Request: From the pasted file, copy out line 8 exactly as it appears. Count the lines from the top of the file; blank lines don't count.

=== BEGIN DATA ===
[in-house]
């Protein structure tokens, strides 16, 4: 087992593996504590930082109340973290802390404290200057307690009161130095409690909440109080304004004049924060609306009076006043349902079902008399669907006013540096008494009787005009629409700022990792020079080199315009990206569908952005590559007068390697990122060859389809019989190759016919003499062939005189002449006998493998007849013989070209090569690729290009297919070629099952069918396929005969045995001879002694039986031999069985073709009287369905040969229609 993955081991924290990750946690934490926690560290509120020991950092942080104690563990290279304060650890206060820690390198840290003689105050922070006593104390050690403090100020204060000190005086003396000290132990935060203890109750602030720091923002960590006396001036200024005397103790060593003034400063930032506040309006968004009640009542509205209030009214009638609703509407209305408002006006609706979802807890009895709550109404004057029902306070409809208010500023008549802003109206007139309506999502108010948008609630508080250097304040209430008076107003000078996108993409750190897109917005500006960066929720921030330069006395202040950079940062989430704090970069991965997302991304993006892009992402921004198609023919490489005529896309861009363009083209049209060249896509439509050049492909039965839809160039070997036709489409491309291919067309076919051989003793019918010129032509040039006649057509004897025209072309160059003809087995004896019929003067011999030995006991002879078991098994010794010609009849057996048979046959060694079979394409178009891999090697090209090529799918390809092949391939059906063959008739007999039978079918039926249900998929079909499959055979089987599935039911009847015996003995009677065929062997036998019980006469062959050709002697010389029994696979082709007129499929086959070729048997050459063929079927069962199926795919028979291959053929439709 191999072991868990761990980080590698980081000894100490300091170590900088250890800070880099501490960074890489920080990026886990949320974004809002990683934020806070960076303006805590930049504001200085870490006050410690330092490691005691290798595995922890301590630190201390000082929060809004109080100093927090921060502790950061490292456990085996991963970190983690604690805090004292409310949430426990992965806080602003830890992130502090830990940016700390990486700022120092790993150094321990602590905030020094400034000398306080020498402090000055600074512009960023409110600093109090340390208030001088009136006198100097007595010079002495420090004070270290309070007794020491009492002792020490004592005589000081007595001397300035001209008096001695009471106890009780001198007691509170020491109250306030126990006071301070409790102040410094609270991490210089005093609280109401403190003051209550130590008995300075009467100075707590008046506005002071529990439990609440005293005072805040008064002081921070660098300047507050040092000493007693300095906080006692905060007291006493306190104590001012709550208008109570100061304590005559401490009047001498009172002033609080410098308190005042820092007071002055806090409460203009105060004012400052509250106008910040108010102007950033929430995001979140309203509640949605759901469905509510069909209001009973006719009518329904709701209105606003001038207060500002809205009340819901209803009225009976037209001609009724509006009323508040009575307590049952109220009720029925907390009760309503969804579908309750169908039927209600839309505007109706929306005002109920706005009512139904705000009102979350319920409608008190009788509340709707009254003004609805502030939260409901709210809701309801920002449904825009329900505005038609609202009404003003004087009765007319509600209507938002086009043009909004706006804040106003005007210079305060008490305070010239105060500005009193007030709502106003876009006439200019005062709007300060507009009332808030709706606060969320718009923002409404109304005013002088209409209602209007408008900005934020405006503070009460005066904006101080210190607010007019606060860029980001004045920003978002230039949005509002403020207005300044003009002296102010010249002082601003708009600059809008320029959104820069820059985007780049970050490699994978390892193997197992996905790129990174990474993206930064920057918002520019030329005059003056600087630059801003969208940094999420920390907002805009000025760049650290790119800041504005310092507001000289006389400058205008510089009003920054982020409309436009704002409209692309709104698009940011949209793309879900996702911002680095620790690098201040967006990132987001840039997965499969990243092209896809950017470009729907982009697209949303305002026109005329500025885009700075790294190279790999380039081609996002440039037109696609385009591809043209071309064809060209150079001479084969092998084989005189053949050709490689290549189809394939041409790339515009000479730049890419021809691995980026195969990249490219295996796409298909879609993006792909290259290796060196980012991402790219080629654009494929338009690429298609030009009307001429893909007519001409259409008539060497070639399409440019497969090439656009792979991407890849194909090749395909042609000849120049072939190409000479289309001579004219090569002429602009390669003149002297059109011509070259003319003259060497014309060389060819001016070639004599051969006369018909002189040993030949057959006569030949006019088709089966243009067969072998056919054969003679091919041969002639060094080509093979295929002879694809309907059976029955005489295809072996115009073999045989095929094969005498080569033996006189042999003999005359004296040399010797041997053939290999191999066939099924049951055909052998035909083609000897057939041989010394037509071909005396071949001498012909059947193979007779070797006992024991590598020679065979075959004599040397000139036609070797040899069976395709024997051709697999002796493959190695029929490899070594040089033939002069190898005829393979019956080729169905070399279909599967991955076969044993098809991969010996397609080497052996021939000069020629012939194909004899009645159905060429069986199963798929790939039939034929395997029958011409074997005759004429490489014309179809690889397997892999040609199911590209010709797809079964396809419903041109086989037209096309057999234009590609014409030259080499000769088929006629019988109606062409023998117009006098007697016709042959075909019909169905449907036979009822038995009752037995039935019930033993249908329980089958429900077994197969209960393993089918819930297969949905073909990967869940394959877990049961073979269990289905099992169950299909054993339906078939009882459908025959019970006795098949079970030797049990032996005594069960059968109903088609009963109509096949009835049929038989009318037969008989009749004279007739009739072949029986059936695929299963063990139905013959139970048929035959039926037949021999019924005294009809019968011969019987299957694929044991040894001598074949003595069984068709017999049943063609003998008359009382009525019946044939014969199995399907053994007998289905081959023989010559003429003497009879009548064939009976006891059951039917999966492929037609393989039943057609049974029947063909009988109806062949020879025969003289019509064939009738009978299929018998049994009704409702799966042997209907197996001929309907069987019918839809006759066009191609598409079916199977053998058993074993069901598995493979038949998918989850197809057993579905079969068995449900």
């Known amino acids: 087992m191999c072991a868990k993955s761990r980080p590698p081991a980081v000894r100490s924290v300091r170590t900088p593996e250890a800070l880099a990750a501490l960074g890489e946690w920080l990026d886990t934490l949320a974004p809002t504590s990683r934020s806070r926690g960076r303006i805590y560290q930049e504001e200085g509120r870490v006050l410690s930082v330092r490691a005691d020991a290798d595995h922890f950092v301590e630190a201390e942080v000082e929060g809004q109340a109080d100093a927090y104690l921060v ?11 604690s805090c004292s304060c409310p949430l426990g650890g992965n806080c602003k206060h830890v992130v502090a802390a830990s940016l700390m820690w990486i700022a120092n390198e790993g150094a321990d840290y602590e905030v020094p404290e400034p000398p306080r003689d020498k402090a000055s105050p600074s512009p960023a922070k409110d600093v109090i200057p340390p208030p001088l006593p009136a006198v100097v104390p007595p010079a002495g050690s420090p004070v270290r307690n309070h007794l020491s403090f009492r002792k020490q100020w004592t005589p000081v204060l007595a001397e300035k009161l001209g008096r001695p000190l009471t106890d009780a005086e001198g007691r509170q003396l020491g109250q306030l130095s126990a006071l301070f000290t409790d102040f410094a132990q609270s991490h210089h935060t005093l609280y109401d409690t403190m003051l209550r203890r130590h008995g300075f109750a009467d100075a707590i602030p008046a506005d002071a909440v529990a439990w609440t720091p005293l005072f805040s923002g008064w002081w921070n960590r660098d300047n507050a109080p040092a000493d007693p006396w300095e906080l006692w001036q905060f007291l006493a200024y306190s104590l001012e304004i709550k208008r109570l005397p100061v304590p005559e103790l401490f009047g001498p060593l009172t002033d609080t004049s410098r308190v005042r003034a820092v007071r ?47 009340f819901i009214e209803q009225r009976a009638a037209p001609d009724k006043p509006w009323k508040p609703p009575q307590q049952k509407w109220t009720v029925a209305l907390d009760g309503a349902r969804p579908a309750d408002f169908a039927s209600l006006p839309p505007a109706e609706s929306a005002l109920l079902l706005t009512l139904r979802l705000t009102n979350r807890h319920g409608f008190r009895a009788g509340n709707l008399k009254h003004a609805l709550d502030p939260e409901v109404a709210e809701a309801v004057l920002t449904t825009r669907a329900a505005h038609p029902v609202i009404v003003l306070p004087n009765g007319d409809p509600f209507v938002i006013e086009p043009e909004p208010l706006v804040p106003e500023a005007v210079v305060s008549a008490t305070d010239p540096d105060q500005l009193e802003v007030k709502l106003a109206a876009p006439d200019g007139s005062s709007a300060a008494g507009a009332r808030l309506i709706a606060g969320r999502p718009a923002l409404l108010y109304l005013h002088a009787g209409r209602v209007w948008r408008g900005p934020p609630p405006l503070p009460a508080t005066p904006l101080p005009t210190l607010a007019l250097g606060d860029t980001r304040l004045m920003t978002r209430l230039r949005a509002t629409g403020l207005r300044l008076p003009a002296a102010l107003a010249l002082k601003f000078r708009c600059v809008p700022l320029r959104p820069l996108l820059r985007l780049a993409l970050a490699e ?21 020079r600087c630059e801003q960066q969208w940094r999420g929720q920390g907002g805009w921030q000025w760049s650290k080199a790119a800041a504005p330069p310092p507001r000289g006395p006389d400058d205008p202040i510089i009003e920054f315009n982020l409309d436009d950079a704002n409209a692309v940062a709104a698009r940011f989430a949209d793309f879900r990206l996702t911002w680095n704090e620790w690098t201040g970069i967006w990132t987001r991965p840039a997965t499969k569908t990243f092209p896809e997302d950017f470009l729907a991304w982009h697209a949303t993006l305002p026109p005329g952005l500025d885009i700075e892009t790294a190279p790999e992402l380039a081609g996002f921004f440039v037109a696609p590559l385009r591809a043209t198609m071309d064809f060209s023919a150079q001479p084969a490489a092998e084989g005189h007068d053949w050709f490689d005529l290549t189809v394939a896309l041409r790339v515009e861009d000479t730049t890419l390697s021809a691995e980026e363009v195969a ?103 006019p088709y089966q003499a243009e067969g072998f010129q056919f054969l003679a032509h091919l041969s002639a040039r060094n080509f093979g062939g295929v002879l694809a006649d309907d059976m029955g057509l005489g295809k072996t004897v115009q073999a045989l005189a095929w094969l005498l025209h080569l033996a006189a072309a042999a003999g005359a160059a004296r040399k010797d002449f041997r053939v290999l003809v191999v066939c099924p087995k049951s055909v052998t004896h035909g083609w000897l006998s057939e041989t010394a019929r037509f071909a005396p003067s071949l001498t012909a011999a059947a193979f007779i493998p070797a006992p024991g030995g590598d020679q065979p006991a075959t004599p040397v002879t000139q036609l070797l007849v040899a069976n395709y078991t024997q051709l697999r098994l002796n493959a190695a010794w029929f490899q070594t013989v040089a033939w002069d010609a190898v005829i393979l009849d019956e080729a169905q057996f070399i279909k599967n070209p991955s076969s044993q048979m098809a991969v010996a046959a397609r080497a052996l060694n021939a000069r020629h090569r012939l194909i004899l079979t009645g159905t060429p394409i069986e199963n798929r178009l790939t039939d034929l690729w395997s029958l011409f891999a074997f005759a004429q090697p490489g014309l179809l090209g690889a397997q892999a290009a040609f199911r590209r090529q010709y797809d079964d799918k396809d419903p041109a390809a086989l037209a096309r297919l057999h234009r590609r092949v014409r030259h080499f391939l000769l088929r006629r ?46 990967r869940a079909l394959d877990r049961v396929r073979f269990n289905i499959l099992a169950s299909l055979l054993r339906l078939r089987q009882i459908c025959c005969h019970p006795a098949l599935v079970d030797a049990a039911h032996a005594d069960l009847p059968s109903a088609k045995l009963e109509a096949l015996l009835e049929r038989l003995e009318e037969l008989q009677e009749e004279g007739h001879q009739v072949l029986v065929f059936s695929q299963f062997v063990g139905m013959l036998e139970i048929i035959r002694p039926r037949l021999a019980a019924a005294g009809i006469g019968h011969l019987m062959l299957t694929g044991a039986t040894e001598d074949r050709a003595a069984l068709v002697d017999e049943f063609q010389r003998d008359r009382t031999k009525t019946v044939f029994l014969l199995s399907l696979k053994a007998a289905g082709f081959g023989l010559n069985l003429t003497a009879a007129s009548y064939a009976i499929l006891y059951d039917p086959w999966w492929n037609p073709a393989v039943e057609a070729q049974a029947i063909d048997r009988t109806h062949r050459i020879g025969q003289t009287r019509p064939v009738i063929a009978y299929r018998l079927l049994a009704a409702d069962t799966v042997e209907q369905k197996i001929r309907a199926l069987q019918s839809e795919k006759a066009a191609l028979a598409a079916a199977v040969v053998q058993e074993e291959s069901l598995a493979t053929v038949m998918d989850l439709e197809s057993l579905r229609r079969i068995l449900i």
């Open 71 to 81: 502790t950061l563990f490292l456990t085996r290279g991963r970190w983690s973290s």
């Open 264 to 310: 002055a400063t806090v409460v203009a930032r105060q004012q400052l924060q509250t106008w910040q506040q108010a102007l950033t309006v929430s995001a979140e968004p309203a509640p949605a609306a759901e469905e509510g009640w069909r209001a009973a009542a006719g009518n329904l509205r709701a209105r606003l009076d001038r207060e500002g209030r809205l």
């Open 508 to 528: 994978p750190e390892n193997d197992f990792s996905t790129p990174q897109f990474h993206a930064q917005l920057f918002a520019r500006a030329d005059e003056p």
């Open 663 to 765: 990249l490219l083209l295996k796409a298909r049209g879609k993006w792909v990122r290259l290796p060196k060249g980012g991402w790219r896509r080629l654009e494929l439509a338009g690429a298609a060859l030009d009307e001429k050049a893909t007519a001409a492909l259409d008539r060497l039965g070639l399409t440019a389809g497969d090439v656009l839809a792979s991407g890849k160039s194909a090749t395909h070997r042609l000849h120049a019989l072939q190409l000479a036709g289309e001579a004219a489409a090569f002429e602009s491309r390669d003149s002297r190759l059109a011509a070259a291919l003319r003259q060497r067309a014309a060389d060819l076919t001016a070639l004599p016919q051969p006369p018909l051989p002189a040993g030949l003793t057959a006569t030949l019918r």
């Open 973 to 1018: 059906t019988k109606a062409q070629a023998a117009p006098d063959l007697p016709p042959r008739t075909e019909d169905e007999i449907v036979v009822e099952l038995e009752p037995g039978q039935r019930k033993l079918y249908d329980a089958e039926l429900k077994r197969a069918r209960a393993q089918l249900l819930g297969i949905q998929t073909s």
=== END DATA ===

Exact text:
């Open 973 to 1018: 059906t019988k109606a062409q070629a023998a117009p006098d063959l007697p016709p042959r008739t075909e019909d169905e007999i449907v036979v009822e099952l038995e009752p037995g039978q039935r019930k033993l079918y249908d329980a089958e039926l429900k077994r197969a069918r209960a393993q089918l249900l819930g297969i949905q998929t073909s």